Driving across the backbone of the Highlands east towards the opposite coast, we were stunned by the number of road bridges being repaired after this winter's devastating floods and weather. At the roadside in the Crags Reserve, two COMMON RAVEN showed well, along with two Common Buzzard.


A drake Ring-necked Duck had been present here during the freeze but had presumably long since departed. The only wildfowl on the loch were 2 Mute Swans, a few Mallard and 5 Common Goldeneye. On the opposite side of the A9, at least 500 Pink-footed Geese were feeding.


Although some 2,000 or more Pink-footed Geese were present on the mudflats and adjoining fields, there was no sign of the three Snow Geese with them. There were two BARNACLE GEESE and an impressive 70 NORTHERN PINTAILS, along with large numbers of Common Shelduck, Lapwing, Curlew and Common Redshank. A single RED KITE was overhead.


Whilst in the hide, I was informed that the Burghead Bay KING EIDER was on show, so after dipping yesterday, we were determined to score this time. We covered the 60 miles in just little over an hour, despite the Inverness, Forres and Nairn rush hours, and after a long scan, I eventually located the drake with 4 Common Eiders at 1730 hours. Unfortunately, it had swam out on the tide and was rather distant, but did allow all of the salient features to be noted and after half an hour of viewing and just before dusk, all five birds flew up and went strongly east towards Burghead. It was my 212th species of the year.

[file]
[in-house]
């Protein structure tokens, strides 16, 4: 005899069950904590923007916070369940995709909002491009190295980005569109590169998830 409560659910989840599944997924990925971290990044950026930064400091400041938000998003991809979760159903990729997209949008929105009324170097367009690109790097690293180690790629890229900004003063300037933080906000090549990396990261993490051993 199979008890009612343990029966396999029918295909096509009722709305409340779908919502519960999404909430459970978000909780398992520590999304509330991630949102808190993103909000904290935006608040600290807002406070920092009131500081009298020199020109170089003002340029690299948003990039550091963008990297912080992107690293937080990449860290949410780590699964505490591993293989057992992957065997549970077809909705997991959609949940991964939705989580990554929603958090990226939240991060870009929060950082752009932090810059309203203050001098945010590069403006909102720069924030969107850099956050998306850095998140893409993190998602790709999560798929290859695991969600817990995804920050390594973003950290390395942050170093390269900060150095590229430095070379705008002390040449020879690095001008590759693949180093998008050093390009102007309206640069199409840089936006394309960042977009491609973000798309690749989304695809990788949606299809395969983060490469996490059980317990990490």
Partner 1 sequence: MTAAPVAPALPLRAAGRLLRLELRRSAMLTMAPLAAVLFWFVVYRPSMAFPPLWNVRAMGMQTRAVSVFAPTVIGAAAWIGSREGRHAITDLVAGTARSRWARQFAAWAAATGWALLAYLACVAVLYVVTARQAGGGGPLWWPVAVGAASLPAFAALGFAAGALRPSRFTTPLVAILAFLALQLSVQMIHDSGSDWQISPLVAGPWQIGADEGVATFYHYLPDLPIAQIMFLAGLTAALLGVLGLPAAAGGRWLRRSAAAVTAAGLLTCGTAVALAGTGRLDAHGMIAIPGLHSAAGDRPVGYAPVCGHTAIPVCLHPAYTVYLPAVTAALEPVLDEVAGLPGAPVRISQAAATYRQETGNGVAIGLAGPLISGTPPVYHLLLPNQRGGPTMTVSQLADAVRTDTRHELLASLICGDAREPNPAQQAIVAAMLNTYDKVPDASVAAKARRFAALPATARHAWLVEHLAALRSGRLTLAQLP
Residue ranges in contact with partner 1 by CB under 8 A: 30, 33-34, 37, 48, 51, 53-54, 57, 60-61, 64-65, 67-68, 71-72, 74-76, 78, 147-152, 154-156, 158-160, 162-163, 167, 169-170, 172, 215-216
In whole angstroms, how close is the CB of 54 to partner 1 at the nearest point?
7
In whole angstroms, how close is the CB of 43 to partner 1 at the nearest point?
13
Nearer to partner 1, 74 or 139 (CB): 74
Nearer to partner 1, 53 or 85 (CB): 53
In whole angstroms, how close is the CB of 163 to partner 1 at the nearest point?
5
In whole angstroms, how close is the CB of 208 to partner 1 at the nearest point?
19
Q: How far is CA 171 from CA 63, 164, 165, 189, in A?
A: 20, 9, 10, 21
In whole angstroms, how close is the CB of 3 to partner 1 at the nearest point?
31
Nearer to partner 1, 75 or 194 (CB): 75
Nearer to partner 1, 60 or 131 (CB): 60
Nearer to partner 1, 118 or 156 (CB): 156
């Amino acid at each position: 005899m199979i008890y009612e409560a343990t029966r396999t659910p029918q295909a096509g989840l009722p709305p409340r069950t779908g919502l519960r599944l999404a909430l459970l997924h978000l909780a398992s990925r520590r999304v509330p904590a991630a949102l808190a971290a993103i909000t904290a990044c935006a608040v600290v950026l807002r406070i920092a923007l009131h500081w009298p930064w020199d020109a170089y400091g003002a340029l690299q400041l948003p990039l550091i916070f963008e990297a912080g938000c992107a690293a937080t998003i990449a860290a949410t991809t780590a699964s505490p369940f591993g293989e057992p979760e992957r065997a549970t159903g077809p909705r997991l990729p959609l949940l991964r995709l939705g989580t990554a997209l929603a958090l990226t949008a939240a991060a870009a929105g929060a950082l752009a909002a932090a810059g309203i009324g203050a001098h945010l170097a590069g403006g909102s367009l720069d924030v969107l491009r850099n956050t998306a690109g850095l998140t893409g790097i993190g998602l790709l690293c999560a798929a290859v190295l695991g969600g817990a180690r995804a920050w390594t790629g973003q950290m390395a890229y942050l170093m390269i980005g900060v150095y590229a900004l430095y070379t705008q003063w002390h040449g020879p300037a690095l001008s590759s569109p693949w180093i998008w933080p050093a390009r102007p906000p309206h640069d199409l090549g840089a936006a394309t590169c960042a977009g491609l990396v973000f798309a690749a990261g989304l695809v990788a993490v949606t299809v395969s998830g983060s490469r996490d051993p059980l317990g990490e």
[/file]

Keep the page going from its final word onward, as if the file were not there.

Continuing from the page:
On this visit, VELVET SCOTERS numbered 36, with just 18 LONG-TAILED DUCKS on the sea and the 6 WHOOPER SWANS still nearby on the flooded field.